JOURNALIST: As much as this is an opportunity for people to send a message, as you say to Scott Morrison, it’s also a test for you. Unusual circumstances at an unusual time. But no Opposition has lost a by-election seat to a Government, as you know, for a century. So, it is a test for you personally. How visible are you going to be in this campaign? And how visible do you think the Prime Minister is going to be in the electorate that didn’t warm to him during the bushfire crisis?
ALBANESE: Well, he won’t have the handshake problem at the moment. So, I’m sure he’ll be relieved at that. I’ve never had a problem previously in shaking hands on the south coast and throughout the electorate of Eden-Monaro and engaging with people. And I’ve done it consistently over a long, long period of time. The fact is, that this is a challenge. I will be as visible as possible under the circumstances. There are unusual circumstances with regard to social distancing provisions. I’m not sure, looking back at this, but you would be more cognisant of it perhaps than I am, but traditionally when members of Parliament have announced their resignation from Parliament, they haven’t stood next to the Leader while they’ve been doing it. I’m not shy about associating myself with this great Australian next to me. And I won’t be shy about associating myself with the Labor candidate and our entire team will be doing obviously what we can to keep Eden-Monaro in Labor hands. And we will be working with Mike and our candidate to that end.
JOURNALIST: Mr Albanese, have you got any idea of the logistics of that by-election? When is it going to happen? Do you know who the next candidate is going to be?
ALBANESE: The by-election date is a matter for the Speaker. The Speaker has been aware, is aware of this announcement. It will be a matter for him. But in the normal course of events would be I would expect that he would announce a by-election date no later than when Parliament sits in a couple of weeks’ time. I would think that was appropriate for that to be put in place. With regard to Labor’s candidate, today’s Mike Kelly’s day. There will be another day for that
JOURNALIST: Will it be a local pre-selection?
ALBANESE: We will consider those matters. The ALP National Executive will be meeting this afternoon. And we’ll be giving consideration to those matters.
JOURNALIST: Have you locked in Kristy McBain yet?
ALBANESE: We’ll be giving consideration this afternoon. Today’s about Mike Kelly. And today’s about paying tribute to him. The by-election isn’t this Saturday. We have time to work through those issues. We will, of course, Mike has only confirmed this decision today. And I can confirm that he was considering his position up to today, since this is a tough decision for Mike to have made. And I wanted to give him the space to make that decision himself and to explain what that decision was. I’m here in Canberra to be with him out of my respect for him.
JOURNALIST: Dr Kelly, who would you like to see replace you and what do you make of the prospect John Barilaro is talking up the fact he may run?
KELLY: I mean, I really had great working relationships with the five state seat members that sit under me in Eden-Monaro. And we’ve worked very hard together, trying to get our issues on the agenda for the bushfire recovery. I have enjoyed the experience of working with them no matter what party they were in. But right now, this is going to be a contest of ideas. So, to me, it’s not about the personalities, it’s about what they stand for. And what I’ve highlighted as the key issues for us where they stand on that. You know, I was really disappointed at the last election, you know, Liberal opponent in every way was, you know, obviously, I saw as a decent person, but didn’t accept the science of climate change and recently written an article on the Australian Financial Review sort of bagging out South Pacific leaders for their worry about sea level rises and telling them they should be more focused on diabetes. You know, that’s not what the region needs. I want to see a candidate who is committed to the key issues and has ideas and passion to bring to that contest. That’s the issue for me.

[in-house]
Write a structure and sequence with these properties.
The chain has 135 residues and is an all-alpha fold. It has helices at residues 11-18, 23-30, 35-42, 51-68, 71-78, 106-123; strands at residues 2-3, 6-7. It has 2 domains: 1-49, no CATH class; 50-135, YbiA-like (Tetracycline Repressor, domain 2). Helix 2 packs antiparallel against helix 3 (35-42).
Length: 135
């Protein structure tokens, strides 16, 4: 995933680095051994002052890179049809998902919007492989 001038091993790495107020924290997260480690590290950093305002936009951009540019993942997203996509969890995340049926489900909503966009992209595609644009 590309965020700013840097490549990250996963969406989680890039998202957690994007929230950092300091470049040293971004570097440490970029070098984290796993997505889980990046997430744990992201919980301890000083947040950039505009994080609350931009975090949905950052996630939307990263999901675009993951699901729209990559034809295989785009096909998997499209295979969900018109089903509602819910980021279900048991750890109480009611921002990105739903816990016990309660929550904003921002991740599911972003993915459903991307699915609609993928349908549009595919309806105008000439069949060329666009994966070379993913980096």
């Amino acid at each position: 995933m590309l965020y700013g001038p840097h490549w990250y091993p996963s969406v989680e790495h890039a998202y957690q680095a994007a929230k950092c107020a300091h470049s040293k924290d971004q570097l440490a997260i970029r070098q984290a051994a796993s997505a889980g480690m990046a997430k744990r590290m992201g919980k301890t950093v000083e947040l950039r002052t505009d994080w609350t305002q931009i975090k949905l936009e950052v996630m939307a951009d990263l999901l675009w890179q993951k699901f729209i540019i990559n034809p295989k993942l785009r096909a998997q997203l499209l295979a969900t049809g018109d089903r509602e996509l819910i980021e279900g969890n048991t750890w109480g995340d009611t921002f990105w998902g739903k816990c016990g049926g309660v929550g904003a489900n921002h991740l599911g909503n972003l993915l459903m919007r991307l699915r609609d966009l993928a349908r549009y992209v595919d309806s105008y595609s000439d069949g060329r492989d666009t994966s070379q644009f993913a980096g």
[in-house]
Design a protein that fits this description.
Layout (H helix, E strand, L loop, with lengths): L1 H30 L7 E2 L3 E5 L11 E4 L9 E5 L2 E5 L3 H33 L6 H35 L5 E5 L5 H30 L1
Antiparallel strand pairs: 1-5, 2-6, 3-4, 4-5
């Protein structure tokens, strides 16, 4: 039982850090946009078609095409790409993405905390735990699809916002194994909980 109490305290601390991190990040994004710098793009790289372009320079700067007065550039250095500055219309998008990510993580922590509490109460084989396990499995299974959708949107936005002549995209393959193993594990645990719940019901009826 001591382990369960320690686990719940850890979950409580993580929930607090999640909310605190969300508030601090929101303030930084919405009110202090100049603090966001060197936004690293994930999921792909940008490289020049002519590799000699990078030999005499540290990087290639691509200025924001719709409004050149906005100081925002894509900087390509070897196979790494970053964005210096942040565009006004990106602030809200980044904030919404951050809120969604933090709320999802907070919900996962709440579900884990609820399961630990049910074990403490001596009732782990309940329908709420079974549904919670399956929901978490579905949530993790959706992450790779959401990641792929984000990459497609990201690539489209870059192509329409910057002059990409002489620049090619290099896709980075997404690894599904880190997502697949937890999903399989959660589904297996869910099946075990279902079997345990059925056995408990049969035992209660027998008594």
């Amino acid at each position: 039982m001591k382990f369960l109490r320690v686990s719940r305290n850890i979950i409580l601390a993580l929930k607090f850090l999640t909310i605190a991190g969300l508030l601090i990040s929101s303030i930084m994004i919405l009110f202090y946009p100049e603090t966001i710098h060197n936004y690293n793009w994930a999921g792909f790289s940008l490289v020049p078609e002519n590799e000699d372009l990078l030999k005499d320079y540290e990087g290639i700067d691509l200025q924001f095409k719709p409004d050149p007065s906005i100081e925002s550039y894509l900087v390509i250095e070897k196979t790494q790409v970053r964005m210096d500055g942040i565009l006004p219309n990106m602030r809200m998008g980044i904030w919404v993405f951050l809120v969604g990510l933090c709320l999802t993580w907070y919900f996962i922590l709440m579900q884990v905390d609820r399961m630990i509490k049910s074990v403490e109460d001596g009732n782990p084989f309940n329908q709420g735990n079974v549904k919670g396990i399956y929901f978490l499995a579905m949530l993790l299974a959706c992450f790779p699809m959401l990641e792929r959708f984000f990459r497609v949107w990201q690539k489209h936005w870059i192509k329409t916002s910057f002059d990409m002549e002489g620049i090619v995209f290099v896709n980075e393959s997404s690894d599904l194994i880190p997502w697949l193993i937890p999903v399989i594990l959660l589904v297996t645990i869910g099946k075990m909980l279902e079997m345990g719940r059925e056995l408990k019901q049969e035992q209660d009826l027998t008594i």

JOURNALIST: Mr Albanese, are you concerned that the Government is planning on withdrawing economic supports too soon?
ALBANESE: Sorry, could we deal maybe with this first and then happy to take general questions?
JOURNALIST: JobSeeker is set to halve when the Coronavirus supplement comes off, that could feature in this campaign as an example of the sort of support that should continue?
ALBANESE: People will look at the range of issues, no doubt, will feature in a by-election campaign. And might I say, there might be more than one by-election as well. Mike hasn’t been the only person who has been absent from Parliament. And so, we’ll wait and see what happens, what happens there. In terms of, Mike’s obviously the only one on our side who has been absent from Parliament. Can I say that it will consider local issues, but it will consider the national issues as well. And one of the issues that will feature, no doubt, is the Government what it said during this period and what it has said previously, and whether it returns as if none of this has happened. During this period, it has said that they needed to increase JobSeeker because $40 a day wasn’t enough to live on. If it’s not enough to live on now, it wasn’t enough to live on before. Does it go back to being enough to live on down the track? It’s up to the Government to explain that contradiction. Just as it’ll be up to the Government to explain the contradiction between its attitude towards government intervention in the economy before, during the Global Financial Crisis was bad, now government intervention is good. It’ll be up to the Government to explain why they should listen to, and Australia has got through, or is getting through this crisis, we have got the result that we have, because we have listened to the science and listen to the experts. If we’re going to do that, as we should have during this crisis, why is it that the Government won’t listen to the science and the experts when it comes to climate change? So, they’ll have to deal with those issues as well.